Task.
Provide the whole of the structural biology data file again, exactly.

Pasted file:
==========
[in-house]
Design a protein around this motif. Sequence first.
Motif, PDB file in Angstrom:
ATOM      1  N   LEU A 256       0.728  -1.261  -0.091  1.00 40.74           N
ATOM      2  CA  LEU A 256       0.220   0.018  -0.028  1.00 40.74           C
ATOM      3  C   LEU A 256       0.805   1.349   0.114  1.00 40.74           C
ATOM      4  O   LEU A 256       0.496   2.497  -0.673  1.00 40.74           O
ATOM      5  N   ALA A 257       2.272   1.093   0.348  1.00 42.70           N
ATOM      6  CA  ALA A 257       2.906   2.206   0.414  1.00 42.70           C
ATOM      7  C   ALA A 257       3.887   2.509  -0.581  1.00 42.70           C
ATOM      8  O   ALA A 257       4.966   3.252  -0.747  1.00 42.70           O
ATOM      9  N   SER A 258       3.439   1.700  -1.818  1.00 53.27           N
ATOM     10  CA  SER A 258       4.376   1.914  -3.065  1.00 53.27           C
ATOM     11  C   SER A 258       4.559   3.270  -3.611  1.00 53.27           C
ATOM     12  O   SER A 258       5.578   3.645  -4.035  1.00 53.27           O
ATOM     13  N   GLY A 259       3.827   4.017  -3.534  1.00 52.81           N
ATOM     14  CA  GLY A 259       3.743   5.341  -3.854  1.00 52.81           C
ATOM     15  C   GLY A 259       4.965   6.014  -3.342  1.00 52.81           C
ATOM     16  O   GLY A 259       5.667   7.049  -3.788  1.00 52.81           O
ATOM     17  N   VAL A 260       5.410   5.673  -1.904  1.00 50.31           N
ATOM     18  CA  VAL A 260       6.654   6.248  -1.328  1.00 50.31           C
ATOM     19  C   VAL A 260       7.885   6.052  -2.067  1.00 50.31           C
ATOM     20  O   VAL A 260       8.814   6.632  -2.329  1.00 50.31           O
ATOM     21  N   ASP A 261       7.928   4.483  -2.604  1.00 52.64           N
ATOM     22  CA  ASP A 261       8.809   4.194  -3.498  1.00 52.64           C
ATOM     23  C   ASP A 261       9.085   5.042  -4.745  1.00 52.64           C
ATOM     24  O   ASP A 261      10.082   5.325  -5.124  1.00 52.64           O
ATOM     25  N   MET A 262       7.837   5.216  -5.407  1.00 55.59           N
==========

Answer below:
[in-house]
Design a protein around this motif. Sequence first.
Motif, PDB file in Angstrom:
ATOM      1  N   LEU A 256       0.728  -1.261  -0.091  1.00 40.74           N
ATOM      2  CA  LEU A 256       0.220   0.018  -0.028  1.00 40.74           C
ATOM      3  C   LEU A 256       0.805   1.349   0.114  1.00 40.74           C
ATOM      4  O   LEU A 256       0.496   2.497  -0.673  1.00 40.74           O
ATOM      5  N   ALA A 257       2.272   1.093   0.348  1.00 42.70           N
ATOM      6  CA  ALA A 257       2.906   2.206   0.414  1.00 42.70           C
ATOM      7  C   ALA A 257       3.887   2.509  -0.581  1.00 42.70           C
ATOM      8  O   ALA A 257       4.966   3.252  -0.747  1.00 42.70           O
ATOM      9  N   SER A 258       3.439   1.700  -1.818  1.00 53.27           N
ATOM     10  CA  SER A 258       4.376   1.914  -3.065  1.00 53.27           C
ATOM     11  C   SER A 258       4.559   3.270  -3.611  1.00 53.27           C
ATOM     12  O   SER A 258       5.578   3.645  -4.035  1.00 53.27           O
ATOM     13  N   GLY A 259       3.827   4.017  -3.534  1.00 52.81           N
ATOM     14  CA  GLY A 259       3.743   5.341  -3.854  1.00 52.81           C
ATOM     15  C   GLY A 259       4.965   6.014  -3.342  1.00 52.81           C
ATOM     16  O   GLY A 259       5.667   7.049  -3.788  1.00 52.81           O
ATOM     17  N   VAL A 260       5.410   5.673  -1.904  1.00 50.31           N
ATOM     18  CA  VAL A 260       6.654   6.248  -1.328  1.00 50.31           C
ATOM     19  C   VAL A 260       7.885   6.052  -2.067  1.00 50.31           C
ATOM     20  O   VAL A 260       8.814   6.632  -2.329  1.00 50.31           O
ATOM     21  N   ASP A 261       7.928   4.483  -2.604  1.00 52.64           N
ATOM     22  CA  ASP A 261       8.809   4.194  -3.498  1.00 52.64           C
ATOM     23  C   ASP A 261       9.085   5.042  -4.745  1.00 52.64           C
ATOM     24  O   ASP A 261      10.082   5.325  -5.124  1.00 52.64           O
ATOM     25  N   MET A 262       7.837   5.216  -5.407  1.00 55.59           N